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3.
Drugs ; 81(5): 605-610, 2021 Apr.
Article in English | MEDLINE | ID: covidwho-1159706

ABSTRACT

Voclosporin (Lupkynis™) is an oral calcineurin inhibitor immunosuppressant that is being developed by Aurinia Pharmaceuticals. In January 2021, based on positive results from the pivotal phases II and III trials, oral voclosporin received its first approval in the USA for use in combination with a background immunosuppressive therapy regimen for adults with active lupus nephritis. Voclosporin is also being explored for the novel coronavirus disease 2019 (COVID-19) in kidney transplant recipients. This article summarizes the milestones in the development of voclosporin leading to this first approval for lupus nephritis.


Subject(s)
COVID-19/drug therapy , Calcineurin Inhibitors/therapeutic use , Cyclosporine/therapeutic use , Immunosuppressive Agents/therapeutic use , Kidney Transplantation , Animals , COVID-19/complications , Calcineurin Inhibitors/pharmacokinetics , Calcineurin Inhibitors/pharmacology , Cyclosporine/pharmacokinetics , Cyclosporine/pharmacology , Drug Approval , Humans , Immunosuppressive Agents/pharmacokinetics , Immunosuppressive Agents/pharmacology , Lupus Nephritis/drug therapy
4.
Ann Transplant ; 26: e929279, 2021 Mar 12.
Article in English | MEDLINE | ID: covidwho-1154830

ABSTRACT

Coronavirus disease 19 (COVID-19) has been an ongoing pandemic since December 2019. Unfortunately, kidney transplant recipients are a high-risk group during the disease course, and scientific data are still limited in this patient group. Beyond the dosage of immunosuppressive drugs, pharmacological immunosuppression may also alter the infection response in the COVID-19 course. The effects of immunosuppressive agents on the development and process of infection should not be decided only by determining how potent they are and how much they suppress the immune system; it is also thought that the direct effect of the virus, increased oxidative stress, and cytokine storm play a role in the pathogenesis of COVID-19 disease. There are data about immunosuppressive drugs like calcineurin inhibitors (CNI) or mammalian target of rapamycin inhibitors (mTORi) therapy related to their beneficial effects during any infection course. Limited data suggest that the use of CNI or mTORi may have beneficial effects on the process. In this hypothetical review, the probable impacts of CNI and mTORi on the pathogenesis of the COVID-19 were investigated.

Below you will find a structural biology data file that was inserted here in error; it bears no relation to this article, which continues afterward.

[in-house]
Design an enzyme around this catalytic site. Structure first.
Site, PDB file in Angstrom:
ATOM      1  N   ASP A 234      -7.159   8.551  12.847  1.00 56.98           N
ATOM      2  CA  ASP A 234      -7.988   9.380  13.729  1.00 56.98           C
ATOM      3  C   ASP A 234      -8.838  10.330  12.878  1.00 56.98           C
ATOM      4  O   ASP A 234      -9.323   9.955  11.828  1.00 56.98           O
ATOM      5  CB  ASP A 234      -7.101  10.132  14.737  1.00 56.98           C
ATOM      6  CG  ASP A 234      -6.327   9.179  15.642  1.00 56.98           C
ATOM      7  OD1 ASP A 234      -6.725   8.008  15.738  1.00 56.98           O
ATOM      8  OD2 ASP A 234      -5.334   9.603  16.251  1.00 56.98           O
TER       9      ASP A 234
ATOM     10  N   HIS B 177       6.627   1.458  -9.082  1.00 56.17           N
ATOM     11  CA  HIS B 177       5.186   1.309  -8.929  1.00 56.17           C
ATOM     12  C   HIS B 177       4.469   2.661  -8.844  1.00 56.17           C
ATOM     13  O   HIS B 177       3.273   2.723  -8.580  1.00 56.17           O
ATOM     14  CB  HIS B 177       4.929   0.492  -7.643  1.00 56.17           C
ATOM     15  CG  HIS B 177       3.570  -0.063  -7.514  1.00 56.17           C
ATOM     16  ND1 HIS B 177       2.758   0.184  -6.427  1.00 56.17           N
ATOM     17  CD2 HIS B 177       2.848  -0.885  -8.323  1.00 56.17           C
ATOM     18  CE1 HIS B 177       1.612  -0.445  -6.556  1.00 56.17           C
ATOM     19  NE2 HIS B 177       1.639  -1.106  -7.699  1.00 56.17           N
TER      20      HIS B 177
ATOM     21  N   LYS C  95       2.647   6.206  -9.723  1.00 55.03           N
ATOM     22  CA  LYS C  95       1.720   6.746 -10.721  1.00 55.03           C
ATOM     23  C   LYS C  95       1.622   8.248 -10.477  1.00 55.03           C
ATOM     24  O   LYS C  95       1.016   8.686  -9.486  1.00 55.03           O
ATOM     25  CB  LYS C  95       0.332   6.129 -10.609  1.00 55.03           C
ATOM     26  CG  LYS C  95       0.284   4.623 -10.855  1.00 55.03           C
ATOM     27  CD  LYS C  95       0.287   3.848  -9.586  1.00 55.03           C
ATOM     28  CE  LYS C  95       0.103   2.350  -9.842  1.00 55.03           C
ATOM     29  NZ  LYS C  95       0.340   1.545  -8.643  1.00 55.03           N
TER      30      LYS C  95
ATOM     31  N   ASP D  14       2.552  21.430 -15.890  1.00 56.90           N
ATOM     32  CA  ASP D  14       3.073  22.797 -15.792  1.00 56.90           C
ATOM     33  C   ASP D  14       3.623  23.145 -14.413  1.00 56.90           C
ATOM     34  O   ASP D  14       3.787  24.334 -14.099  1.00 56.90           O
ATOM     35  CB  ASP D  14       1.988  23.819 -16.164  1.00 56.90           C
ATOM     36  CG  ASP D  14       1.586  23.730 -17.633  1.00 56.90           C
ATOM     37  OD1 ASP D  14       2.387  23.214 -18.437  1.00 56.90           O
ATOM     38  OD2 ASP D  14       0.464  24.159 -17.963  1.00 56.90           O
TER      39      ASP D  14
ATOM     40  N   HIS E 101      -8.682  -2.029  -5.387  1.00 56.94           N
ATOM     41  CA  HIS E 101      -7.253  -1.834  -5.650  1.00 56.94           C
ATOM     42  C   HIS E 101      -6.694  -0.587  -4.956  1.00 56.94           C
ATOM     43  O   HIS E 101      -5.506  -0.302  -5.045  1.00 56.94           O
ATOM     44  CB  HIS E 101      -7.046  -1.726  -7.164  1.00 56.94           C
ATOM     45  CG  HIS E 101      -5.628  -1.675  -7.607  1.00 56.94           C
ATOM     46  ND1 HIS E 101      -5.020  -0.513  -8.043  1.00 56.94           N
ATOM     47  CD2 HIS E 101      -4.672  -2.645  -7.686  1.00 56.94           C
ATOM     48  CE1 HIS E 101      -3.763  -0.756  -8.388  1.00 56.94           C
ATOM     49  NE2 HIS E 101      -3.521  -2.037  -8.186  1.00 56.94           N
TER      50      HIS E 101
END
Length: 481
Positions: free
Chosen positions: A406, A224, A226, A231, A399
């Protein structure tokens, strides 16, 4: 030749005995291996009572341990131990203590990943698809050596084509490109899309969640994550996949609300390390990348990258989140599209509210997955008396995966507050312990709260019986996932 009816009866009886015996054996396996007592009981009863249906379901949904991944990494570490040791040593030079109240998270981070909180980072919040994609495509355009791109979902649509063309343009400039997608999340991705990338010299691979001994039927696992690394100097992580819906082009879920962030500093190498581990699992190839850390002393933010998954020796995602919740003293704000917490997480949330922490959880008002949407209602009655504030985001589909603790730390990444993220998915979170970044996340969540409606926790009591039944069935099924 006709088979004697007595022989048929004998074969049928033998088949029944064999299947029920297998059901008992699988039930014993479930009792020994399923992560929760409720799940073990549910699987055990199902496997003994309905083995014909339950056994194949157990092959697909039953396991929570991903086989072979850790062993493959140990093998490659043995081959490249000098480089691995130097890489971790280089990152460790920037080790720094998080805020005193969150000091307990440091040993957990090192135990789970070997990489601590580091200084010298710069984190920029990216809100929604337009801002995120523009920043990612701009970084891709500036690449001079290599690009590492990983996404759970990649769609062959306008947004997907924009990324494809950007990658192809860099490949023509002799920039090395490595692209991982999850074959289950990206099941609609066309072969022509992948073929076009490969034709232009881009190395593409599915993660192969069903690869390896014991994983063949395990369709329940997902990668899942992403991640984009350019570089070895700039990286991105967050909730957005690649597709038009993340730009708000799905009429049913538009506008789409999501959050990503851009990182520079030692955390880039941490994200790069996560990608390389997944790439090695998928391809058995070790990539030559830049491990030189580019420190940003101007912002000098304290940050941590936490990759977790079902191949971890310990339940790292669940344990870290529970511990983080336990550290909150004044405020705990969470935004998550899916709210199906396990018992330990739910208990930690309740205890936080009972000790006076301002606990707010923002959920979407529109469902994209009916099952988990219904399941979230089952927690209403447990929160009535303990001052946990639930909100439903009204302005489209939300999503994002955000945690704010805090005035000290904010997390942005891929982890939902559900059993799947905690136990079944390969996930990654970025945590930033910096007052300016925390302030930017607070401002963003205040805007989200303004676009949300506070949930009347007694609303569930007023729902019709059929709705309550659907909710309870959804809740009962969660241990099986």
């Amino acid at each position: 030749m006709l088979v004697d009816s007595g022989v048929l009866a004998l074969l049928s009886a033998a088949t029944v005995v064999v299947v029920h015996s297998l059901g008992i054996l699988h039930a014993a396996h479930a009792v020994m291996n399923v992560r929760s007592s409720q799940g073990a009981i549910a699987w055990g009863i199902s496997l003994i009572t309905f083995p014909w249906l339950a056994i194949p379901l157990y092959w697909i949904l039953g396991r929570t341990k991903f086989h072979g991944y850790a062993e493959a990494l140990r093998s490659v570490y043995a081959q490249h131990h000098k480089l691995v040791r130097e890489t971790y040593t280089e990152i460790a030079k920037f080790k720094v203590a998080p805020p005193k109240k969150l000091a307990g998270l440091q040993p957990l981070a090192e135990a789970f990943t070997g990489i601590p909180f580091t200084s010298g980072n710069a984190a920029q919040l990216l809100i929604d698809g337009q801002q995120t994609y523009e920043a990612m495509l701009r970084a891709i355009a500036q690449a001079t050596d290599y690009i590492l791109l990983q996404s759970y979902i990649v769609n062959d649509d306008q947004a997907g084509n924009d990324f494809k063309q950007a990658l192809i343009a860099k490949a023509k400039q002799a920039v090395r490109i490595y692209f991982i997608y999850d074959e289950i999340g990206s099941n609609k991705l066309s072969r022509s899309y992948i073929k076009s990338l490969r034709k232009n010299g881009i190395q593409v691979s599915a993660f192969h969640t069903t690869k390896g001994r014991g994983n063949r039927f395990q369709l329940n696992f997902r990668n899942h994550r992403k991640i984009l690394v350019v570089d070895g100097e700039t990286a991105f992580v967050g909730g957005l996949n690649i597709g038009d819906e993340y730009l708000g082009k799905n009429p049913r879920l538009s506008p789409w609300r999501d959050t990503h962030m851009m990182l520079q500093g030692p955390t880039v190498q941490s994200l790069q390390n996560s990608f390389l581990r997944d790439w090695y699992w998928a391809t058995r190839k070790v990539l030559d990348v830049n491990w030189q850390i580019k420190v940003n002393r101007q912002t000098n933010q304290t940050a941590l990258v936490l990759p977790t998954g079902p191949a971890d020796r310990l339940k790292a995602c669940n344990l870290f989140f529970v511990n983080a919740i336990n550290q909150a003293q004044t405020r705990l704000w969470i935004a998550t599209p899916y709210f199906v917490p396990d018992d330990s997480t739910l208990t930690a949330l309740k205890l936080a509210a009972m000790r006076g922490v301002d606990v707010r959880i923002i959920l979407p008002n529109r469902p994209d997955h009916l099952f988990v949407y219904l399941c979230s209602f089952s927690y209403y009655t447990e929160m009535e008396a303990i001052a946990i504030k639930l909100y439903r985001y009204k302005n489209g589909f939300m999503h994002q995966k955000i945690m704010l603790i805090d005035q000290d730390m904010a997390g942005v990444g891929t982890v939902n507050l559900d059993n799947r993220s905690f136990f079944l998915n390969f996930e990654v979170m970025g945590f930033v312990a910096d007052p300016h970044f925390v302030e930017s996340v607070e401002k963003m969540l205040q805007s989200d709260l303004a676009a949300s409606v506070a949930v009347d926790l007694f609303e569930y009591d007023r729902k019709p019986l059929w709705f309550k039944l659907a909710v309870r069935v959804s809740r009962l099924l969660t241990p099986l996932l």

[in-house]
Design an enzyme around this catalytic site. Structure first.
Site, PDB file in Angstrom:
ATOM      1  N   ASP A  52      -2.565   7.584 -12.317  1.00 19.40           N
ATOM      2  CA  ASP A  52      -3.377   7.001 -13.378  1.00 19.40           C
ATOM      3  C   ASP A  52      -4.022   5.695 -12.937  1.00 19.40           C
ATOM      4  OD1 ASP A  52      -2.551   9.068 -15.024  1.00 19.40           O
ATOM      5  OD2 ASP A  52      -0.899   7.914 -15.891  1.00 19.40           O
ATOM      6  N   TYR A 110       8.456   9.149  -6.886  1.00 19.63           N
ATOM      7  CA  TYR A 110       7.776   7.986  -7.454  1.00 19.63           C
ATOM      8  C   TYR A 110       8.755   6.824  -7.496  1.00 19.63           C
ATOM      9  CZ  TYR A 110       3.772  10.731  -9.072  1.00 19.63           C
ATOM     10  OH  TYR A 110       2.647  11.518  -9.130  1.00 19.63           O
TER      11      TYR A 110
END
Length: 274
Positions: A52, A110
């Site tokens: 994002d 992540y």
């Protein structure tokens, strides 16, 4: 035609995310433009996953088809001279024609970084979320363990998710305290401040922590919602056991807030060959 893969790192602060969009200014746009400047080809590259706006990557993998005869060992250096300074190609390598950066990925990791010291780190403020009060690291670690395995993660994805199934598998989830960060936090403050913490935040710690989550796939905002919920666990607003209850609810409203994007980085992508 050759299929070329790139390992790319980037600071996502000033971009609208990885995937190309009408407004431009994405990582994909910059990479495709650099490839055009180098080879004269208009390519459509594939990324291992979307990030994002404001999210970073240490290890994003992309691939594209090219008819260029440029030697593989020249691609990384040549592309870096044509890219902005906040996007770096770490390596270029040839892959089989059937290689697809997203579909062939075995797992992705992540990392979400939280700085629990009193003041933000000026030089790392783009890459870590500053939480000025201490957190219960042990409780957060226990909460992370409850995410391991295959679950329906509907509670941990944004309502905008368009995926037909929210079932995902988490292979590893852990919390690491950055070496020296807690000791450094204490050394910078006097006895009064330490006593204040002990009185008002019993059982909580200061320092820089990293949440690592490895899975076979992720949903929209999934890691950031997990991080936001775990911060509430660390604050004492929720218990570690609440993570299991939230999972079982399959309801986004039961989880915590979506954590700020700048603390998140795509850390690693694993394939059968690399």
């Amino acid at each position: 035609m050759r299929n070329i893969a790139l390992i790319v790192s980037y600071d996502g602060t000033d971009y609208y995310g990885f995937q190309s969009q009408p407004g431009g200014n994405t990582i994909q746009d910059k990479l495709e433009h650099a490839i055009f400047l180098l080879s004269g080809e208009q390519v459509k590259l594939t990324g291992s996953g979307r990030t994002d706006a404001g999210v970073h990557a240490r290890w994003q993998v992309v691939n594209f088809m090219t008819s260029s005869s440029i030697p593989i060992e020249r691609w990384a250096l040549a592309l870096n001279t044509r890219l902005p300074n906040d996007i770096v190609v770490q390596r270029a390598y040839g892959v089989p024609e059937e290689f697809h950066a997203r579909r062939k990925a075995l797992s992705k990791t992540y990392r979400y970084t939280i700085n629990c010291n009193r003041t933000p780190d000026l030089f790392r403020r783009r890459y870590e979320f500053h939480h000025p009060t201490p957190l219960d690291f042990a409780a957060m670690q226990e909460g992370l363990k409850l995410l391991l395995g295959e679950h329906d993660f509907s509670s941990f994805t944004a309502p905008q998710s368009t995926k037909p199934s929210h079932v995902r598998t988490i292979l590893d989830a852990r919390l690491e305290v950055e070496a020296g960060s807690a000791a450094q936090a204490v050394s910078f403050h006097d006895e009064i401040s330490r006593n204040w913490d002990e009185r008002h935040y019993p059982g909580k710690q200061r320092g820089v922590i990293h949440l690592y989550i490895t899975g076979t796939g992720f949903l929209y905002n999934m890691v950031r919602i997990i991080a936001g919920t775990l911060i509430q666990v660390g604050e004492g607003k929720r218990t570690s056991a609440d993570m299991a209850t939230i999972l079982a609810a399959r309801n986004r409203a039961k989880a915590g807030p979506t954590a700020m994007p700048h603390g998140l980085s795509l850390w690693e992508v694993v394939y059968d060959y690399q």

Subject(s)
COVID-19/immunology , Calcineurin Inhibitors/therapeutic use , Graft Rejection/prevention & control , Immunosuppressive Agents/therapeutic use , Kidney Transplantation , Postoperative Complications/immunology , Protein Kinase Inhibitors/therapeutic use , Adaptive Immunity/drug effects , COVID-19/diagnosis , Calcineurin Inhibitors/pharmacology , Cytokine Release Syndrome/immunology , Cytokine Release Syndrome/prevention & control , Cytokine Release Syndrome/virology , Graft Rejection/immunology , Humans , Immunity, Innate/drug effects , Immunocompromised Host , Immunosuppressive Agents/pharmacology , Oxidative Stress/drug effects , Oxidative Stress/immunology , Postoperative Complications/diagnosis , Postoperative Complications/virology , Protein Kinase Inhibitors/pharmacology , TOR Serine-Threonine Kinases/antagonists & inhibitors
6.
Eur Respir J ; 56(5)2020 Nov.
Article in English | MEDLINE | ID: covidwho-648811

ABSTRACT

While severe coronavirus infections, including Middle East respiratory syndrome coronavirus (MERS-CoV), cause lung injury with high mortality rates, protective treatment strategies are not approved for clinical use.We elucidated the molecular mechanisms by which the cyclophilin inhibitors cyclosporin A (CsA) and alisporivir (ALV) restrict MERS-CoV to validate their suitability as readily available therapy in MERS-CoV infection.Calu-3 cells and primary human alveolar epithelial cells (hAECs) were infected with MERS-CoV and treated with CsA or ALV or inhibitors targeting cyclophilin inhibitor-regulated molecules including calcineurin, nuclear factor of activated T-cells (NFATs) or mitogen-activated protein kinases. Novel CsA-induced pathways were identified by RNA sequencing and manipulated by gene knockdown or neutralising antibodies. Viral replication was quantified by quantitative real-time PCR and 50% tissue culture infective dose. Data were validated in a murine MERS-CoV infection model.Both CsA and ALV reduced MERS-CoV titres and viral RNA replication in Calu-3 cells and hAECs, improving epithelial integrity. While neither calcineurin nor NFAT inhibition reduced MERS-CoV propagation, blockade of c-Jun N-terminal kinase diminished infectious viral particle release but not RNA accumulation. Importantly, CsA induced interferon regulatory factor 1 (IRF1), a pronounced type III interferon (IFNλ) response and expression of antiviral genes. Downregulation of IRF1 or IFNλ increased MERS-CoV propagation in the presence of CsA. Importantly, oral application of CsA reduced MERS-CoV replication in vivo, correlating with elevated lung IFNλ levels and improved outcome.We provide evidence that cyclophilin inhibitors efficiently decrease MERS-CoV replication in vitro and in vivo via upregulation of inflammatory antiviral cell responses, in particular IFNλ. CsA might therefore represent a promising candidate for treating MERS-CoV infection.